Facebook pixel

Common Questions About Small Claims Court

Small claims court, or county court, is a type of court that decides simple disputes with only a small number of damages involved. Small claims cases only cover damages up to 8,000 dollars and are a simpler option than going through the process of a full trial.

This blog will go over the process and give some information so you can determine if small claims is right for you.

When is Small Claims Court The Best Option?

Small claims court is a good choice for cases wherein there are small amounts of money at stake, and where the issues are very simple. If there are large sums of money, or many complicated issues, then it is better to go to a normal court.

With that being said, if you find your damages to be more than 8,000 dollars you are barred from small claims court. You must go to a full court, regardless of the nature of your claim.

Can I Bring a Lawyer to Small Claims Court?

Yes, it is completely acceptable to bring your lawyer to small claims court. They can assist you with the procedure and make a more convincing argument for you. They will be able to do most of the work for you and allow you to relax more while the case is ongoing.

If I Lose My Case in Small Claims Court, Can I Appeal?

Yes, you can file the motion for rehearing or a appeal with the particular court within the applicable time period for each type of motion. Generally, this range of time is very short, from ten to thirty days. In most cases, you must file a written brief, arguing what you are appealing, and what law the court overlooked in deciding your case. A lawyer can be helpful in this circumstance.

Where Should I File My Small Claims Lawsuit?

You should choose the courthouse with the proper “venue.” If you choose an improper courthouse, your claim may be dismissed or transferred. You should choose a courthouse that fulfills any of the following requirements:

  • Where the event giving rise the lawsuit occurred
  • Where any one or more of the defendants resides
  • If a contract is at issue, where the contract was agreed to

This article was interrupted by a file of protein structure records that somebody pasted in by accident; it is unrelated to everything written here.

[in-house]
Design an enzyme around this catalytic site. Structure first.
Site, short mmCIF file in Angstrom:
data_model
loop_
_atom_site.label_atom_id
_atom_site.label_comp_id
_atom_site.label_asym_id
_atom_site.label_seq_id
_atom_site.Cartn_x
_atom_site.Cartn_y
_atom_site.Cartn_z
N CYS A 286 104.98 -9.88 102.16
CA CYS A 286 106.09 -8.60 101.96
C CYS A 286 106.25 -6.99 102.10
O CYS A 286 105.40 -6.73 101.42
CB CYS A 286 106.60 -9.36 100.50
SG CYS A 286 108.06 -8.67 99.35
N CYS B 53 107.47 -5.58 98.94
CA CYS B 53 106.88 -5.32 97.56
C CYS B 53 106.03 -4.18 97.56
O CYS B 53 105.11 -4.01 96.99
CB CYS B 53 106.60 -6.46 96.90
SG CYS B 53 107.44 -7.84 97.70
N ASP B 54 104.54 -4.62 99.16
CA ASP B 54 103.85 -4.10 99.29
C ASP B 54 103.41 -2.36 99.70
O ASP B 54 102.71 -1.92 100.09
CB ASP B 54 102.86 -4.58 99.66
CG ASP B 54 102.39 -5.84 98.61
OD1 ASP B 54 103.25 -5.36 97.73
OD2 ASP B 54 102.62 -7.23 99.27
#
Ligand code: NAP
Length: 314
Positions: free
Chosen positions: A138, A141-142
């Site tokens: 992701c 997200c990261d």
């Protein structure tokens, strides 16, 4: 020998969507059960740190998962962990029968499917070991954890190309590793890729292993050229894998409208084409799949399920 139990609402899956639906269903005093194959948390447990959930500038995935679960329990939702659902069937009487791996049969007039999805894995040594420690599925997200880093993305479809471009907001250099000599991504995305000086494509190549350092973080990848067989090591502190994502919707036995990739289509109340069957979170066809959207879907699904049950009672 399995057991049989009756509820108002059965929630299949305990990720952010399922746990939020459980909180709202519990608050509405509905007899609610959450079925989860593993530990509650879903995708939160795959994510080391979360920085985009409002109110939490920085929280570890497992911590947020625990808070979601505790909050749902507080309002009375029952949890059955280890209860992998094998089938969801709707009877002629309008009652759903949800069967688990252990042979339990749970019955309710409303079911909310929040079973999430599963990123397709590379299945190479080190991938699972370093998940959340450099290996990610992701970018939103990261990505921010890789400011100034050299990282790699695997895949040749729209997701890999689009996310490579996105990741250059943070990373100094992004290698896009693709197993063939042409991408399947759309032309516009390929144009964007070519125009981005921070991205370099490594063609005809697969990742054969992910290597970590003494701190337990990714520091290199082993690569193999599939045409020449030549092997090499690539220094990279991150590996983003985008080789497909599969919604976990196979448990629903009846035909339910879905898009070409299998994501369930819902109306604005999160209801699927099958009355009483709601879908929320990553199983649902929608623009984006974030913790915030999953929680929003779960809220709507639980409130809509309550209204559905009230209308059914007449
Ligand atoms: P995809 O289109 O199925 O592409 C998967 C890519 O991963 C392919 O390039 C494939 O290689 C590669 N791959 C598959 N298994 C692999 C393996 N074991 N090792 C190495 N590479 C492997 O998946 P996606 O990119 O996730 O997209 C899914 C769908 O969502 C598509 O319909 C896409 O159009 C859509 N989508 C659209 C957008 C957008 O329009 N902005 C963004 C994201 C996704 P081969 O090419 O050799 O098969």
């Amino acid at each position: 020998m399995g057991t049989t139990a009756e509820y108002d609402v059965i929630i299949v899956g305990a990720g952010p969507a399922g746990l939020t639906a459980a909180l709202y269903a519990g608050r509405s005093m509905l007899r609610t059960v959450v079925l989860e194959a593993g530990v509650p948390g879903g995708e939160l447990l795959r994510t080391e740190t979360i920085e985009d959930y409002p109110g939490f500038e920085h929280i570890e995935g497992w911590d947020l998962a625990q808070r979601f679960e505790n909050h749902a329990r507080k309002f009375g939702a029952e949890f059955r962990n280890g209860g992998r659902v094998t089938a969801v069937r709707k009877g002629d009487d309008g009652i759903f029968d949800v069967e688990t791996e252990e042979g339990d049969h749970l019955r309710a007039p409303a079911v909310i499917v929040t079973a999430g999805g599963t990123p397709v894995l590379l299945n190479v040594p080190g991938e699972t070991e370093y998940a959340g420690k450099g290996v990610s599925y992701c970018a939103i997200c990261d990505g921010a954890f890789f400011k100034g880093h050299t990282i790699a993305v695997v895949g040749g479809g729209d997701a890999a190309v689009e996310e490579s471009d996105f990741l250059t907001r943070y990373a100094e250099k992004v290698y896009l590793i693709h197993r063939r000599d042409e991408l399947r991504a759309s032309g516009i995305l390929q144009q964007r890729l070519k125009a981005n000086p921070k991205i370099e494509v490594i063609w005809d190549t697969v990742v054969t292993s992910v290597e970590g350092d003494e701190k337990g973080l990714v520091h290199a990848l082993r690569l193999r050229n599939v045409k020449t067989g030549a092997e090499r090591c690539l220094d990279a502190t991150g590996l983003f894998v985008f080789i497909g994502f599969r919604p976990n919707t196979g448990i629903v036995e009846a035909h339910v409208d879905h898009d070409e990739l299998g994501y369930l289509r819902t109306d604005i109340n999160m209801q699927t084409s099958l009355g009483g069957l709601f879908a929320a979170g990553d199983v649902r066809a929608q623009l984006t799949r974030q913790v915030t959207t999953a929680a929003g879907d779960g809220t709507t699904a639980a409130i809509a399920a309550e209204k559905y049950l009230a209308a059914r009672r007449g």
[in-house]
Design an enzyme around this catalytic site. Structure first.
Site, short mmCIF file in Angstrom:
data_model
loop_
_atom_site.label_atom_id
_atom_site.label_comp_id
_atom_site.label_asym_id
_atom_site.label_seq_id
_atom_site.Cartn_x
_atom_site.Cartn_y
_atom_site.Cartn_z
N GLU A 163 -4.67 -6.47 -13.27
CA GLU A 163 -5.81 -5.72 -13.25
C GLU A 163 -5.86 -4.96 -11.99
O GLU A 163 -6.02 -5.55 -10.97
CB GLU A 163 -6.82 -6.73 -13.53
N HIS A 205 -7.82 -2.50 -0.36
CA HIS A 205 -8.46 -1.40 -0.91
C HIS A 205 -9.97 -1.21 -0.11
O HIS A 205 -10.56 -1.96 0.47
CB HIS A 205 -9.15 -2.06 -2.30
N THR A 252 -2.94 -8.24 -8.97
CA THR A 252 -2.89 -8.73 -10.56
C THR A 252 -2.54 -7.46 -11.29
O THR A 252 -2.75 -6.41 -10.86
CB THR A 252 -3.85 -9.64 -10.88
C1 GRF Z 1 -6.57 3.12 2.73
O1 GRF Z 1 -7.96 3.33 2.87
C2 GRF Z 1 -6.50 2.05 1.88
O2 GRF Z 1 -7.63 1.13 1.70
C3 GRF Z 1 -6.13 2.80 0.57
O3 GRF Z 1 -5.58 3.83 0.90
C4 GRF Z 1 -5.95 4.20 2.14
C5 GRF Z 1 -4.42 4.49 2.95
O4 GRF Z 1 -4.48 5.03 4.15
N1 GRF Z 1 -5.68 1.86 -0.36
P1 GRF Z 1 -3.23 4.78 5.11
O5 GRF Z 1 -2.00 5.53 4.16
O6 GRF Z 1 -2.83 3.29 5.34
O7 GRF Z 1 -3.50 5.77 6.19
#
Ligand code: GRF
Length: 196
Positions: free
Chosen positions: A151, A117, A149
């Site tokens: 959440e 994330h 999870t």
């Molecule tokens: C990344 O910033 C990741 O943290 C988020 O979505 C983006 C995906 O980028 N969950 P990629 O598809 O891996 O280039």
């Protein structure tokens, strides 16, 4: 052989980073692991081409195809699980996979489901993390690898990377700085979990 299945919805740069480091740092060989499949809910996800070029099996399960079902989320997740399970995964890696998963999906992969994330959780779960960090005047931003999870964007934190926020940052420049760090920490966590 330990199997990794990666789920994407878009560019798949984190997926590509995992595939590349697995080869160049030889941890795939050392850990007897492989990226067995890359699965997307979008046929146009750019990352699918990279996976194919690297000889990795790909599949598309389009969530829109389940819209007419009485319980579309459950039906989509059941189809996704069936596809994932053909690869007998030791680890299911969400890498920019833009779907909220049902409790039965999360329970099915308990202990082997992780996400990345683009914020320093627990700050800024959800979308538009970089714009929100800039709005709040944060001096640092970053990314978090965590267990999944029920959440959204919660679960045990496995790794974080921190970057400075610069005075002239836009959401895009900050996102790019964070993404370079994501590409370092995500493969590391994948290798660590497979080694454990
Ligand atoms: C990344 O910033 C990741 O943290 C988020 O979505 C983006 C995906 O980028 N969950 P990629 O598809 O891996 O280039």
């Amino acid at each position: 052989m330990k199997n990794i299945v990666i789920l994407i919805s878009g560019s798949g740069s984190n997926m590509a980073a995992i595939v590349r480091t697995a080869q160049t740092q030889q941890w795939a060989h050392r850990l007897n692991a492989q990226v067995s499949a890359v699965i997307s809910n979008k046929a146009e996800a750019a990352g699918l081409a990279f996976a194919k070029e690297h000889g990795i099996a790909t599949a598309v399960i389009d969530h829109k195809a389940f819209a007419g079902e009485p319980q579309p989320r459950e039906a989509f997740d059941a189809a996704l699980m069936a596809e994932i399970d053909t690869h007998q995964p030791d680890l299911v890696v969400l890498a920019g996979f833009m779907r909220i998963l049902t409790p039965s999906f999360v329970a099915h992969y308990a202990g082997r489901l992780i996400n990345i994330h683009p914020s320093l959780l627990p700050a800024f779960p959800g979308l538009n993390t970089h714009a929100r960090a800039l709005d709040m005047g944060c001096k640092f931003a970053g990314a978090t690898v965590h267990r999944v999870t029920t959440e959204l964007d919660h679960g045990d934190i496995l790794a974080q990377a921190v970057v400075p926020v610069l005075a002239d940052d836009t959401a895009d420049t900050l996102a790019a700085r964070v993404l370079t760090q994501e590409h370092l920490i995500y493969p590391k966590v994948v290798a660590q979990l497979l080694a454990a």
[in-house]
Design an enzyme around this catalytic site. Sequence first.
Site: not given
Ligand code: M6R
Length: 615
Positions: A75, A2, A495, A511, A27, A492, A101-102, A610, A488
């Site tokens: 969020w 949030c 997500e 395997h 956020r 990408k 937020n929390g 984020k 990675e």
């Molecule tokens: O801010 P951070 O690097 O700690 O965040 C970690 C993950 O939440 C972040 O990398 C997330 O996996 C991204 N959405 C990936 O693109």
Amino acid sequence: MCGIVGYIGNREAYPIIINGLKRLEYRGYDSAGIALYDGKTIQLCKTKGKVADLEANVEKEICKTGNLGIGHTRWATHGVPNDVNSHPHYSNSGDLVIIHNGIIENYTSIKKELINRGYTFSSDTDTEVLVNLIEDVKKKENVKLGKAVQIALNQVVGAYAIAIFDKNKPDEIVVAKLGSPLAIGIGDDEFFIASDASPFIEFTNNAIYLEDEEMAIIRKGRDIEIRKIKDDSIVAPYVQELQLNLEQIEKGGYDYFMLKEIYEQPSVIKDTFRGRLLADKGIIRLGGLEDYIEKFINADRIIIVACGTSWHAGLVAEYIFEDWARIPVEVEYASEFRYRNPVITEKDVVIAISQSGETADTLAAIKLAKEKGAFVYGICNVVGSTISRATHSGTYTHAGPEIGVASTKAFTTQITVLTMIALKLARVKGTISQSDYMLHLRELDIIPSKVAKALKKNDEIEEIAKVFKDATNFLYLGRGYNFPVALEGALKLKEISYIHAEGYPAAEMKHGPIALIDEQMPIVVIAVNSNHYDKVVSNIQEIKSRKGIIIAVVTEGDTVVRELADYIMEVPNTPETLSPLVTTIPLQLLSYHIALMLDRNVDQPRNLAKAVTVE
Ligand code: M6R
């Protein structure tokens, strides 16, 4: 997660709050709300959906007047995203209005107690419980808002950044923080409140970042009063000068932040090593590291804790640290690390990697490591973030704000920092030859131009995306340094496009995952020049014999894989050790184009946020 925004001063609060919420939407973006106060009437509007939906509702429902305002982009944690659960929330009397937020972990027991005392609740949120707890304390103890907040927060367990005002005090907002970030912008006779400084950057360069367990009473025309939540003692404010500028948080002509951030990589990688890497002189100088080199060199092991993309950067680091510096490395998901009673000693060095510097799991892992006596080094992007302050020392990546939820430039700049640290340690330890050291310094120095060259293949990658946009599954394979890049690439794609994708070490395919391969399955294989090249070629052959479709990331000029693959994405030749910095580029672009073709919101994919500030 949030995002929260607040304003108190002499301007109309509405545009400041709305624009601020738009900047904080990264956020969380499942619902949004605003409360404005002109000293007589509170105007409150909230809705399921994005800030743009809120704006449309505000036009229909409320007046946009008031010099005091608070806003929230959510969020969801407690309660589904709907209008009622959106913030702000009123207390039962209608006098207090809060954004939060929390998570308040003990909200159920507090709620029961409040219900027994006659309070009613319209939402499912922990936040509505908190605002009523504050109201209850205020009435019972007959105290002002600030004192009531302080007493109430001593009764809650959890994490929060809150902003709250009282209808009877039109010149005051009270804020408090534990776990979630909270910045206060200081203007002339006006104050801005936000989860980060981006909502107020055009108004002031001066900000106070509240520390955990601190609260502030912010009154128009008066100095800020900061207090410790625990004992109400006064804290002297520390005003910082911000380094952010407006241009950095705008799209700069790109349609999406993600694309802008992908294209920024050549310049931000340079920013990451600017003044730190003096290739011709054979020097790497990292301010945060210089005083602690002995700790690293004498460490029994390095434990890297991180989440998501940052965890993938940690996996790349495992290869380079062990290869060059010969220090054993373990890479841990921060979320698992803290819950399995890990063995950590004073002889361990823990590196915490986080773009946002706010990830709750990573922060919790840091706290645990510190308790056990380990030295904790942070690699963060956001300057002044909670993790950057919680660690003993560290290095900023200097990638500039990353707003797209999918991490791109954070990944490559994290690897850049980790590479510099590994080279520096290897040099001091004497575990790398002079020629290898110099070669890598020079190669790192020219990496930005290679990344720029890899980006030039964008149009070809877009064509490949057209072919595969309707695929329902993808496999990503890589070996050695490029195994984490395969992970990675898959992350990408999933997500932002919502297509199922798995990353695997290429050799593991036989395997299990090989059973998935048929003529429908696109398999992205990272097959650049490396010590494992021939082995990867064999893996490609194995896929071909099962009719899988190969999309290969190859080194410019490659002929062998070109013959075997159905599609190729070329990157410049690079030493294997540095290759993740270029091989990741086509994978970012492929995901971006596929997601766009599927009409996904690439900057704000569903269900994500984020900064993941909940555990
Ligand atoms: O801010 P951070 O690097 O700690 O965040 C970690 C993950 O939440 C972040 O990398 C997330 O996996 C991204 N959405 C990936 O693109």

• If a promissory note is at issue, where the note is signed
  • If money is owed, where the payment should have been made

It is important to note that if a contract was signed relating to the suit, and the contract specifies a location where the suit should be filed, you should file the suit where the contract demands. If you feel that you should not file a suit at that location, it may be a good idea to get a lawyer so that they can analyze if there is anything that may invalidate that clause of the contract.

You can discover the address of specific persons through public records, and can find the headquarters of businesses on the Secretary of State’s website. When you find a specific courthouse, you can find filing rules on the specific court’s website.

How Much Can I Sue For in Small Claims Court?

The max number of damages you can ask for in small claims court is 8,000 dollars in Florida. If you need more damages, you need to file your lawsuit in trial court.

What is The Best Way to Present My Small Claims Case to a Judge?

Presenting a case to a small claims judge can be stressful, and there may be a worry of how far you should go. In most cases witnesses are not needed. The best way to present your side of the story in small claims court is to begin by giving a brief overview of the issue, and then going through each fact.

Each fact should be backed up by some form of evidence, such a photo, contract, written policy, or other item. Keeping your records is important for small claims court. Witnesses can be used in more complex cases. In these situations, make sure you have a list of what you want the witness to tell to the court, and make sure you have a proper list of questions.

End your presentation with a one sentence line of the damages you’re asking for.

Can Any Type of Claim be Resolved in Small Claims Court?

No. Small claims generally only apply to simple monetary disputes under $8,000. These could include contract disputes, simple negligence, and evictions. Small claims courts cannot decide divorce issues, or bankruptcy, even if the money involved is low.

Small claims court can be a good decision if you have a simple case with low damages. Still, it can sometimes be hard to decide what number of damages you have, and whether your case is simple enough for the small claims system.

Bulluck Law Group has years of experience in the legal field and can help determine the best legal strategy for your case. Contact us for a free consultation today, wherein we can determine these issues for you.

Previous Post
The Different Types of Damages in Legal Cases
Next Post
Common Legal Terminology 101